- A Brief Explanation of Discrete Trial Training
- Supporting Students with Asperger's Syndrome Who Present Behavioral Challenges
- Applied Behavior Analysis: A Focus on Outcomes
- A Challenge to Reframe our Thinking About Behavior
- Concerning Consequences: What Do I Do When...?
- Consequences, Behavior, and My Birds
- Don't Forget About Self Management
- Ever Had a Crisis Kind of Day?
- Movement Difference: A Closer Look at the Possibilities
- Movement Differences Among Some People with Autism: an Impetus to Re-Examine Behavioral Issues
- Observing Behavior Using A-B-C Data
- Positive Behavior Supports Creating Meaningful Life Options for People with ASD
- Ten Steps Towards Supporting Appropriate Behavior
- The Challenge of Combining Competing Input in the Classroom
- "Your Attitude Just Might Be My Biggest Barrier"
- Applied Behavior Analysis: The Role of Task Analysis and Chaining
- Tips for Choosing a Provider for Applied Behavior Analysis (ABA)
- What to Consider When Looking for a Qualified ABA Provider
- Assessment Day: Questions About the Communication Development of Your Young Child with an Autism Spectrum Disorder
- â€śIf They Could Only Tell Me What They Are Thinking.â€ť The Need for Augmentative Communication for Individuals with Autism Spectrum Disorders
- Aiding Comprehension of Individuals with Autism Spectrum Disorders During One-on-One Interactions
- Can Social Pragmatic Skills Be Tested?
- Comprehension of the Message: Important Considerations for Following Directions
- First Steps and the Journey to a Diagnosis of ASD for a Child under Three
- Functional Categories of Delayed Echolalia
- Functional Categories of Immediate Echolalia
- Initial Guidelines for Developing a Communication Intervention Plan for Individuals with Autism Spectrum Disorders and Significant Limitations in Communication Ability
- Long and Short Term Strategies for Reducing Specific Repetitive Questions
- Successfully Using PECS with Children with ASD
- Meeting the Challenge of Social Pragmatics with Students on the Autism Spectrum
- Opportunity to Communicate: A Crucial Aspect of Fostering Communication Development
- Reading with Your School-Age Child: Building Vocabulary One Word at a Time
- Social Communication and Language Characteristics Associated with High Functioning, Verbal Children and Adults with ASD
- The 21st Century Speech Language Pathologist and Integrated Services in Classrooms
- The High Functioning Person with an Autism Spectrum Disorder: A "Tourist" in His Native Country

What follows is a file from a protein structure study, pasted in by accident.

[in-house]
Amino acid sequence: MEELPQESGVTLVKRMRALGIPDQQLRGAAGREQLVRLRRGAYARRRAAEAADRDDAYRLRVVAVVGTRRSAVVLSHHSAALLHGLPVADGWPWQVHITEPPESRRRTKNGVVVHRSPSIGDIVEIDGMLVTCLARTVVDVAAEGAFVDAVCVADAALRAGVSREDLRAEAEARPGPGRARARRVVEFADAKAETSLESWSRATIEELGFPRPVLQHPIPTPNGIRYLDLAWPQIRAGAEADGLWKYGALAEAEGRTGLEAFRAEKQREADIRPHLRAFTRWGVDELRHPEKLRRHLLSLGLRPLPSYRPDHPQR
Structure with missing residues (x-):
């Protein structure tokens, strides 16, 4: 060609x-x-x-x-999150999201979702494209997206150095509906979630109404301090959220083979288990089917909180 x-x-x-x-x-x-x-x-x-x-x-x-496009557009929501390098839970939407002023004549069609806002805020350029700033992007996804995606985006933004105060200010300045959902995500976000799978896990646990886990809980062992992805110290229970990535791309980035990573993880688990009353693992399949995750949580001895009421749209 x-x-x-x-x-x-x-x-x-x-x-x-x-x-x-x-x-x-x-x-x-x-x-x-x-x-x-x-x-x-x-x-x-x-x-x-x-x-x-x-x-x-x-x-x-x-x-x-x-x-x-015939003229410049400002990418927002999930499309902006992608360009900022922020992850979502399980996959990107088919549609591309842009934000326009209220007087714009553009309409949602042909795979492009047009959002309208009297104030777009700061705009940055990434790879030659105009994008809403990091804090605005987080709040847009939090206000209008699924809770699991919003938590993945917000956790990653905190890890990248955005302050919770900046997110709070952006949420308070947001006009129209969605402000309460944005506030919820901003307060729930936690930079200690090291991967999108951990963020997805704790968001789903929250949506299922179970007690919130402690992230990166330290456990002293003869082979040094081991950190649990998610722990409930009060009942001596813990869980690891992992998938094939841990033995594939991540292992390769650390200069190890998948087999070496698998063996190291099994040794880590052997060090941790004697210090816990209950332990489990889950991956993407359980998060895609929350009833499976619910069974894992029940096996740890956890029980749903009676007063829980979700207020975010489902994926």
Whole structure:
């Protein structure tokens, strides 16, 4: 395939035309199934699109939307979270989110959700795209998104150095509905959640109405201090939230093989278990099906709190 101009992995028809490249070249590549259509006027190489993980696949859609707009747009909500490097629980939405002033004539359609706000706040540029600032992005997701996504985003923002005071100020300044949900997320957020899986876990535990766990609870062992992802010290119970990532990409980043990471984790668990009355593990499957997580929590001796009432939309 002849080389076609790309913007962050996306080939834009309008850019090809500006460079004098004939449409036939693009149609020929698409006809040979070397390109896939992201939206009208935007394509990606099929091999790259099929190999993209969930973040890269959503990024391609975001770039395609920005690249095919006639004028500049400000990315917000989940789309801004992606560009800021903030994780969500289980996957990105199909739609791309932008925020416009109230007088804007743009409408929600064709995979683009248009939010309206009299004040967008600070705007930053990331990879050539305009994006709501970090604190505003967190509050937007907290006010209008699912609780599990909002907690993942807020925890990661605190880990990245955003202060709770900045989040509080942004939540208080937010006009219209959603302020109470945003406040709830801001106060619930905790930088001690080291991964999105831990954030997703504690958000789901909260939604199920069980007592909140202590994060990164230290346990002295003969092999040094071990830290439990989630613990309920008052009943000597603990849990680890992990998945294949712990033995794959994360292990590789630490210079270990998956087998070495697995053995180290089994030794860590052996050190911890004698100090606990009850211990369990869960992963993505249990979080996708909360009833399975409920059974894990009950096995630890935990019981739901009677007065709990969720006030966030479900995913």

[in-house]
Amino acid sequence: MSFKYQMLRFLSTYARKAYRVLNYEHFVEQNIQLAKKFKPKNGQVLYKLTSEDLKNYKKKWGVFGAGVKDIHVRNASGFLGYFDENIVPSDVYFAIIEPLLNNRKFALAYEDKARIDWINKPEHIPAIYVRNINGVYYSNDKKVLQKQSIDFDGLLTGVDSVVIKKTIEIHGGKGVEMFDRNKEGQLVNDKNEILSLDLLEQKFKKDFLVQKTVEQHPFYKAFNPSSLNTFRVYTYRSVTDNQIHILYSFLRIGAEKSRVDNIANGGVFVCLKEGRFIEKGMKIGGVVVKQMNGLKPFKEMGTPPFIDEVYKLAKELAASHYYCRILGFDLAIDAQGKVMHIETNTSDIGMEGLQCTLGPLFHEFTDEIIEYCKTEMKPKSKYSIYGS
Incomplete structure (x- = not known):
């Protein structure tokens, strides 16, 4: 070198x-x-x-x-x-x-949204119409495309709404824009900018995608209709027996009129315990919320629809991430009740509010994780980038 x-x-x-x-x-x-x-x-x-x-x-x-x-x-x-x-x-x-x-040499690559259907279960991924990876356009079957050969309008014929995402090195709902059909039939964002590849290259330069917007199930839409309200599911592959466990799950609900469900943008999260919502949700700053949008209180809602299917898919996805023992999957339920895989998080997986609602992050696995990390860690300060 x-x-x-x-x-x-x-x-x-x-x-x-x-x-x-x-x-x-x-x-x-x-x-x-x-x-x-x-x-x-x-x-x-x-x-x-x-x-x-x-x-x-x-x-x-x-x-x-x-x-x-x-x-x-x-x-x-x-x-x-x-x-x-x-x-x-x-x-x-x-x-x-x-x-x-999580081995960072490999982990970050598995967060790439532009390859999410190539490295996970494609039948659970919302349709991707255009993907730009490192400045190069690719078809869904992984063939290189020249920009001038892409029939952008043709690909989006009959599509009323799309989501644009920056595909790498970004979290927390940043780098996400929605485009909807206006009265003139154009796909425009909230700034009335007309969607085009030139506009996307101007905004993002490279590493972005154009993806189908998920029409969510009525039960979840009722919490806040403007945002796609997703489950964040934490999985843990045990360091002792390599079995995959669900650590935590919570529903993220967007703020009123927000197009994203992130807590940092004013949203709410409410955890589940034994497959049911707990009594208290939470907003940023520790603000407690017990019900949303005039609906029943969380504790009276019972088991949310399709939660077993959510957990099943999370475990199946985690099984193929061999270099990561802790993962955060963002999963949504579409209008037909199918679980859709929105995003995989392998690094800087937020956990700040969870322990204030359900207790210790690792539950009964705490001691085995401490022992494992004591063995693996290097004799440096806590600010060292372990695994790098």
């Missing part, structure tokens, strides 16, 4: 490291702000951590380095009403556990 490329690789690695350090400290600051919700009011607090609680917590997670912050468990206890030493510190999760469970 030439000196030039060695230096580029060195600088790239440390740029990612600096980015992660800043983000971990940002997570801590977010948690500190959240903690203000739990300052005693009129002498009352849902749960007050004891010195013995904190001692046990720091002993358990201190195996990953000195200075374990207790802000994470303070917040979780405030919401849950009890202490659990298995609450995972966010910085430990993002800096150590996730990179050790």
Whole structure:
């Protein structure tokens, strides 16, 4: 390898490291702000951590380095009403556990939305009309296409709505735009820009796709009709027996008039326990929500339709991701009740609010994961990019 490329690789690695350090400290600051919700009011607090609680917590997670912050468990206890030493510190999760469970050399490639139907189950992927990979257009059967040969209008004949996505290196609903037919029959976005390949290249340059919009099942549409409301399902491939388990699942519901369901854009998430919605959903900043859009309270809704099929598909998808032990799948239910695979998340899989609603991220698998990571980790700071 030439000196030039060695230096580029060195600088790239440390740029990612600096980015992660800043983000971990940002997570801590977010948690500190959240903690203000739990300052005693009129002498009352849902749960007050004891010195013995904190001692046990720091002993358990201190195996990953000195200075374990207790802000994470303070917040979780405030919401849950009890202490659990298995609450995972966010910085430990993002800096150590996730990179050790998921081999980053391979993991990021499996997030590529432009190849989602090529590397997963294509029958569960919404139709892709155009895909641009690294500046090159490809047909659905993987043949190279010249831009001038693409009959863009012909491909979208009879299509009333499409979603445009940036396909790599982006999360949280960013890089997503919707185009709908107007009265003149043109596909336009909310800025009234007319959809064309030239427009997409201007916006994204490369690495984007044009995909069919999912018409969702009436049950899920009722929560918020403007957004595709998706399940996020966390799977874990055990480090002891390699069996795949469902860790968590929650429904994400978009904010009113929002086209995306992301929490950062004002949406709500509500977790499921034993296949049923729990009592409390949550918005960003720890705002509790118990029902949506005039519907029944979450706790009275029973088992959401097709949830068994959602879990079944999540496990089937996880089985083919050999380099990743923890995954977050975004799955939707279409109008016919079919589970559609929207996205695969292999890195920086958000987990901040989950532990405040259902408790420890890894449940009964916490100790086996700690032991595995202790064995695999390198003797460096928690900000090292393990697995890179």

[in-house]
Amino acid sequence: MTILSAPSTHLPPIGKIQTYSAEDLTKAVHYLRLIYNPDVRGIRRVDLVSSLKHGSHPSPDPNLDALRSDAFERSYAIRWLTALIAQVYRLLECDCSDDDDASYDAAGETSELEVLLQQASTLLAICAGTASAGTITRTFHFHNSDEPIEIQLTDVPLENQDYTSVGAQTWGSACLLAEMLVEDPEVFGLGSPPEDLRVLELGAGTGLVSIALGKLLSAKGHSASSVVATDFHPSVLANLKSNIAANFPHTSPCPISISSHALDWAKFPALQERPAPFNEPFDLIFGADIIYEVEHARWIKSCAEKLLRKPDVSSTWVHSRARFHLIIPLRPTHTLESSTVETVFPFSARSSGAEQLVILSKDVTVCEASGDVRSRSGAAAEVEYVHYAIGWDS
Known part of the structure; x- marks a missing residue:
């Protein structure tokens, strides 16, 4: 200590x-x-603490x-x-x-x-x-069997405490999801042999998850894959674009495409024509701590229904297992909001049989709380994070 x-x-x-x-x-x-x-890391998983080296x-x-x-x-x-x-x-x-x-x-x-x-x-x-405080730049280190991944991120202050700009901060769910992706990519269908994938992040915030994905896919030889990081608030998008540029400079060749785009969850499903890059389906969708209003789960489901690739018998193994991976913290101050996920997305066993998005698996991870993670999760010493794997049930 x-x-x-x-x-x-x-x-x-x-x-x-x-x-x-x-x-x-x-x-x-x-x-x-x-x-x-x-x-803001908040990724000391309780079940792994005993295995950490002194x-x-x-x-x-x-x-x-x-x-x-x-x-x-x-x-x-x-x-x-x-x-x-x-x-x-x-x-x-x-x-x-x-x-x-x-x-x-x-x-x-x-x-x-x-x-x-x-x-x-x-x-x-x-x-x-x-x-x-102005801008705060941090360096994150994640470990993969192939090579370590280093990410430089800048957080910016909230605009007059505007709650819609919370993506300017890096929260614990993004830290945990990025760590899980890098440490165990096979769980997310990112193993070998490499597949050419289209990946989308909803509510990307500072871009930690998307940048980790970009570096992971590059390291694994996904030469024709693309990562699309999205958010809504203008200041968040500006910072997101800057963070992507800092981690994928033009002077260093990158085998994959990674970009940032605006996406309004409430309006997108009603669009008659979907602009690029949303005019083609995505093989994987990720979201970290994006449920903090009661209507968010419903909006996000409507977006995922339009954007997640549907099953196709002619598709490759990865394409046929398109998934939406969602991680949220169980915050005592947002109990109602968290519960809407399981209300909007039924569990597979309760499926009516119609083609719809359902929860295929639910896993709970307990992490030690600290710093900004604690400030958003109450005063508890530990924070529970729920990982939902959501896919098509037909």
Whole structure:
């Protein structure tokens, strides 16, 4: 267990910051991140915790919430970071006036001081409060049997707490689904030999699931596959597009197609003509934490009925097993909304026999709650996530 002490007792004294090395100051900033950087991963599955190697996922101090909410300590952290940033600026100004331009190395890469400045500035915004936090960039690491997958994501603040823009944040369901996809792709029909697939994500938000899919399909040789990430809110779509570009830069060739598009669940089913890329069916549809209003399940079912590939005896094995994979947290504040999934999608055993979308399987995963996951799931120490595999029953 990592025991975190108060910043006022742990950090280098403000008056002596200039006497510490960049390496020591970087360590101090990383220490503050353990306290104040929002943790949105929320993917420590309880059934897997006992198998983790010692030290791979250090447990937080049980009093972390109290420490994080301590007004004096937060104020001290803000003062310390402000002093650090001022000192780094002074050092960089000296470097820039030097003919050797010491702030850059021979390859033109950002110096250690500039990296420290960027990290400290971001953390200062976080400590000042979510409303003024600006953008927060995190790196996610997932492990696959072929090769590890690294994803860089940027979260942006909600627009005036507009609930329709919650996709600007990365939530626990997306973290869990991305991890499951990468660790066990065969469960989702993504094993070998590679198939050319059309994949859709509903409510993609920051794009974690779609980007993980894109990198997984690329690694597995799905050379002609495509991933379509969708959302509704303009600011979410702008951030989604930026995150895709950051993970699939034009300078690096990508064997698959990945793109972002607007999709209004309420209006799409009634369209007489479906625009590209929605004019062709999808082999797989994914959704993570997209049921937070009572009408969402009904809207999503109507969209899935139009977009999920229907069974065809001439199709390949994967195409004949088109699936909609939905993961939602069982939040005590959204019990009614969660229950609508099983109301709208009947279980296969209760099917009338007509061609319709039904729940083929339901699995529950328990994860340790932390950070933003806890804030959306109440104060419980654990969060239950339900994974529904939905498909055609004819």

- The Role of the School Speech Language Pathologist and the Student with Autism
- Using a Visual Support to Enhance WH Question
- Visual Resources for Enhancing Communication for Persons with Autism Spectrum Disorders and Other Disabilities
- Visual Schedules and Choice Boards: Avoid Misinterpretation of their Primary Functions
- Visual Supports: Sources for Symbols for Receptive and Expressive Communication
- What is the Picture Exchange Communication System or PECS?
- Articles - Communication
- Articles - Communication
- Articles - Communication
- Articles - Communication
- Articles - Communication
- Articles - Communication
- Articles - Communication
- PICO - A Decision Making Tool For Selecting Apps
- Helping Your Child to Develop Communication Skills
- Evidence-Based Practices for Effective Communication and Social Intervention
- Important Predictors
- The Use of Technology in Treatment of Autism Spectrum Disorders
- Collaborative Teaming
- Educational Programming
- Academic Supports for College Students with an Autism Spectrum Disorder
- Advice from Adults with Autism Spectrum Disorder to Teachers Regarding Literacy Instruction
- Advice for Peer Tutors
- Applying the Ziggurat and CAPS Model in Your School District
- Aspects of Support for Learning
- A Young Adult's Guide to Deep Breathing as a Relaxation Technique: A Personalized Fact Sheet
- Can Schedule Usage Training Include Elements of Literacy Instruction?
- Clean Up Your Act! Creating an Organized Classroom Environment for Students on the Spectrum.
- Change is Good! Supporting Students on the Autism Spectrum when Introducing Novelty
- Classroom Choreography: The Art of Scheduling Staff and Students
- Complexities of Instructional Support
- Creating a Circle of Support
- Critical Features of Early Intervention: Merging Best Practices
- Developing Long Term Relationships Between School and Parents
- Early Intervention for Young Children on the Autism spectrum: Parentâ€™s Perspective
- Educating Students with Autism: Are There Differences in Placement?
- Establishing Long Term Goals: What Are We Hoping to Achieve
- For General Education Teachers: Helpful Questions to Ask About Students with ASD
- Get Engaged: Designing Instructional Activities to Help Students Stay On-Task
- "Ham It Up and Get It Cookin!!" Thoughts From Dr. Greenspan
- Home-School Communication
- "I Can Do It Myself!" Using Work Systems to Build Independence in Students with Autism Spectrum Disorders
- â€śI Wake Up for MY Dream!â€ť Personal Futures Planning Circles of Support, MAPS and PATH
- Life After High School...So Now What
- Literacy Resources
- Lovaas Revisited: Should We Have Ever Left?
- Making the Most of Morning Meeting
- Motivating Students Who Have Autism Spectrum Disorders
- Moving from Preschool to Kindergarten: Planning for a Successful Transition and New Relationships
- Peer Support Programs
- Promoting the Educational Success of Students with Autism: The Role of the Parent-Staff Relationship
- Planning for Successful Transitions Across Grade Levels
- Practical Steps to Writing Individualized Education Program (IEP) Goals: And Writing Them Well